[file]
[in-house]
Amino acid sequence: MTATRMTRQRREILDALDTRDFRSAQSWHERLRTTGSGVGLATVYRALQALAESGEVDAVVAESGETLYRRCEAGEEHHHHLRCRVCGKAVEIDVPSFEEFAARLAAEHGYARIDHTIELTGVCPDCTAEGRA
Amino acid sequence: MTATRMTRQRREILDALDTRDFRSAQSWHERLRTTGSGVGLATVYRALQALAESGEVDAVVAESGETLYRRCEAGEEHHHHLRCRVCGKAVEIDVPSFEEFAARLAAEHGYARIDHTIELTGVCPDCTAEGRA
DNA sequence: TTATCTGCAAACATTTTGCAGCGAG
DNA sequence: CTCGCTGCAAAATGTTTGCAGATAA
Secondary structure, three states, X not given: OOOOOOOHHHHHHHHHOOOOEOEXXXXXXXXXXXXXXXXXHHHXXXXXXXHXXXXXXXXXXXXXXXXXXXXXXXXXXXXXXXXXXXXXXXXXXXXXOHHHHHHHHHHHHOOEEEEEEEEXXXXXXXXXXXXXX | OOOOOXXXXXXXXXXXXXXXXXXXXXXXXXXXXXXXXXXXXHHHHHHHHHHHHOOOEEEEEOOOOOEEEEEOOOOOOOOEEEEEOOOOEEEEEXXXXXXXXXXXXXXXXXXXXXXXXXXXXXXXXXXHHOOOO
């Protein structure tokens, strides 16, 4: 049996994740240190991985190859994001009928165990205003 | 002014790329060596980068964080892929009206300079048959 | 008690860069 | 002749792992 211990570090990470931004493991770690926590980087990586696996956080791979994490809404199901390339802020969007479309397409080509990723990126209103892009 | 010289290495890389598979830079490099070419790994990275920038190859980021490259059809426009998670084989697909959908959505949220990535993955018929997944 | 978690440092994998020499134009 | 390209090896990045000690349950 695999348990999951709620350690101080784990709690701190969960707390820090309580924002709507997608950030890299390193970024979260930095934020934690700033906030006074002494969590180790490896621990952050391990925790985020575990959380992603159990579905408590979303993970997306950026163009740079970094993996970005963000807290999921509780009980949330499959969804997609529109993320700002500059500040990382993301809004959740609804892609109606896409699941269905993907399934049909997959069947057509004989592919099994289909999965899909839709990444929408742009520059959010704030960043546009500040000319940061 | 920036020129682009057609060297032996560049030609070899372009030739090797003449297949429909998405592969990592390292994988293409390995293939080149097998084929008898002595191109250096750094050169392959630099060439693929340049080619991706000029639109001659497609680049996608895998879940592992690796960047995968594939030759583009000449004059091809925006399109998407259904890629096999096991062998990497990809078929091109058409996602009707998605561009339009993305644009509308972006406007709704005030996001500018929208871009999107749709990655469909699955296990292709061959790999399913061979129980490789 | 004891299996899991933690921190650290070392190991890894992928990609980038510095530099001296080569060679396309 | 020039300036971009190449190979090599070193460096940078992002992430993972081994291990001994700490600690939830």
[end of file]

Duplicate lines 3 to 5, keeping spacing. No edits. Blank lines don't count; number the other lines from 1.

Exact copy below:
Amino acid sequence: MTATRMTRQRREILDALDTRDFRSAQSWHERLRTTGSGVGLATVYRALQALAESGEVDAVVAESGETLYRRCEAGEEHHHHLRCRVCGKAVEIDVPSFEEFAARLAAEHGYARIDHTIELTGVCPDCTAEGRA
DNA sequence: TTATCTGCAAACATTTTGCAGCGAG
DNA sequence: CTCGCTGCAAAATGTTTGCAGATAA